Feb 14, 2023 - Economy

Conservative talk splinters in post-Rush era

Illustration of a hanging microphone under a red spotlight.

Illustration: Aïda Amer/Axios

Rush Limbaugh's death two years ago this week left a void in conservative media that younger, more versatile contenders are still trying to fill.

Why it matters: Today, no one radio host commands the same level of power and influence that Limbaugh did, but a number of new voices are emerging — blending the reach of traditional and digital platforms — and collectively proving to be more powerful in shaping conservative opinion for younger audiences.

  • "The world is changing and there are questions as to how Limbaugh, had he lived and remained healthy — based upon his mindset and his approach to the business — would have remained as pertinent as he was," said Michael Harrison, the longtime editor and publisher of TALKERS, a radio trade publication.
  • "He was not as flexible when it came to social media and some of the other forms that it takes right now to be a media presence as opposed to just a radio presence," he added.

Driving the news: Several conservative radio hosts have been competing for listenership in Limbaugh's former noon to 3 pm ET time slot.

  • While none of them have the same reach that Limbaugh once had on radio, they are much more active across a wider array of platforms, often reaching younger audiences.

By the numbers: Limbaugh's show was broadcast to over 600 stations across the country, but many stations have opted to carry different programming in that time slot after his death.

  • Premiere Networks, a radio subsidiary of iHeartMedia, filled Limbaugh's time with a new show from conservative media personality and sports journalist Clay Travis and political commentator Buck Sexton that is broadcast across 400 stations.
  • Conservative commentator and talk radio host Dana Loesch and Radio America struck a deal with Audacy in 2021 to make her show available in 11 of their markets, expanding her program’s reach to over 230 stations.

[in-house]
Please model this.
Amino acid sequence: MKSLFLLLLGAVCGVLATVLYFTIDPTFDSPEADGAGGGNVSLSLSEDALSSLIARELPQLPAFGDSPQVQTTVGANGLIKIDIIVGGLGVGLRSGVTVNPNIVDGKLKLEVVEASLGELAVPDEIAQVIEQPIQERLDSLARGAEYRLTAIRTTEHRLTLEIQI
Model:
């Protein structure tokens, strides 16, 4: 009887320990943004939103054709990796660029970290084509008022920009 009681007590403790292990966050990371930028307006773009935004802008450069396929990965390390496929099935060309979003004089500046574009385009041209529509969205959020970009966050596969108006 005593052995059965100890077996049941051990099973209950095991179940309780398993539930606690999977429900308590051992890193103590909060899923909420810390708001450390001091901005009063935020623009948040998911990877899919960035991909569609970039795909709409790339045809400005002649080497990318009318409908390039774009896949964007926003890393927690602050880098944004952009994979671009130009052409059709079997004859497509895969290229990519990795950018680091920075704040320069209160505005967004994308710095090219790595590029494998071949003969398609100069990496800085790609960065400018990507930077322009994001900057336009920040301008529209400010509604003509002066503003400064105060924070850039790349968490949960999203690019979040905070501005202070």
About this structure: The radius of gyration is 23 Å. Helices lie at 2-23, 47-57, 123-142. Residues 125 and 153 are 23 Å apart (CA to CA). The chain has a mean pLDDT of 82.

• Cumulus Media's Westwood One debuted a new conservative talk program in Limbaugh's old time slot, "The Dan Bongino Show," in 2021, across more than 100 stations across the country. Of note, Bongino said last year he would end his commitment once his contract expired with Cumulus in mid-2024.

Be smart: Other station groups have opted to lean into local radio talent.

  • WSB Radio moved Erick Erickson into Limbaugh's slot in the Atlanta region.
  • Audacy Philadelphia replaced Limbaugh's show with local host Dom Giordano.

State of play: While their distribution footprints are smaller, these hosts are much more active on digital platforms than Limbaugh ever was, reaching younger audiences.

  • Sexton has a daily weekday podcast. Travis sold his entertainment sports blog, OutKick, to Fox News in 2021.
  • Loesch, in addition to her radio show, authors a Substack newsletter and hosts a show on The First, a conservative network on DirecTV and its streaming services.
  • Bongino hosts a podcast and a digital streaming show, in addition to being active on the conservative video streaming platform Rumble.

Between the lines: Podcasting has become a huge opportunity for radio hosts to expand their reach. And video platforms like TikTok and Reels have made it easier for podcasters to gain new audiences quickly.

  • The "800-pound gorilla" in conservative podcasting is Ben Shapiro, said Howard Polskin, conservative media expert and author of The Righting, a conservative media blog.
  • Shapiro's podcast is syndicated for radio. Until last year, he hosted a live hourlong daily radio show for Westwood One as well.
  • The Daily Wire had three of the fastest-growing podcasts on the right by percentage growth in Q4 last year, according to an analysis of Castbox data by Polskin. Two of its podcasts, “The Ben Shapiro Show” and “The Jordan B. Peterson Podcast," had the highest number of subscribers.
  • The Daily Wire has 2.8 million followers on TikTok, and its editor emeritus Ben Shapiro has 1 million.

The big picture: One major shift in the post-Limbaugh landscape has been the rise of ideologically-driven personalities who aren't wed to the Republican party line.

  • Provocateurs from outside traditional party politics, like Joe Rogan, Elon Musk, and Dave Portnoy, are driving a new strain of American political conversation.
  • “People are ideological, they hold sincere beliefs that remain unchanged regardless of party convention, which is why they tend to disregard typical party talking points," Loesch told Axios. "I think this is why you see people like Tucker and myself performing well with our audiences.”

The bottom line: "Limbaugh has been replaced in terms of the coveted noon to three Eastern time slot by a number of hosts — all of whom should be taken seriously — but none of whom are of the stature that Limbaugh was on," said Harrison.

  • Thanks to the internet, "There probably never will be another one," he added.
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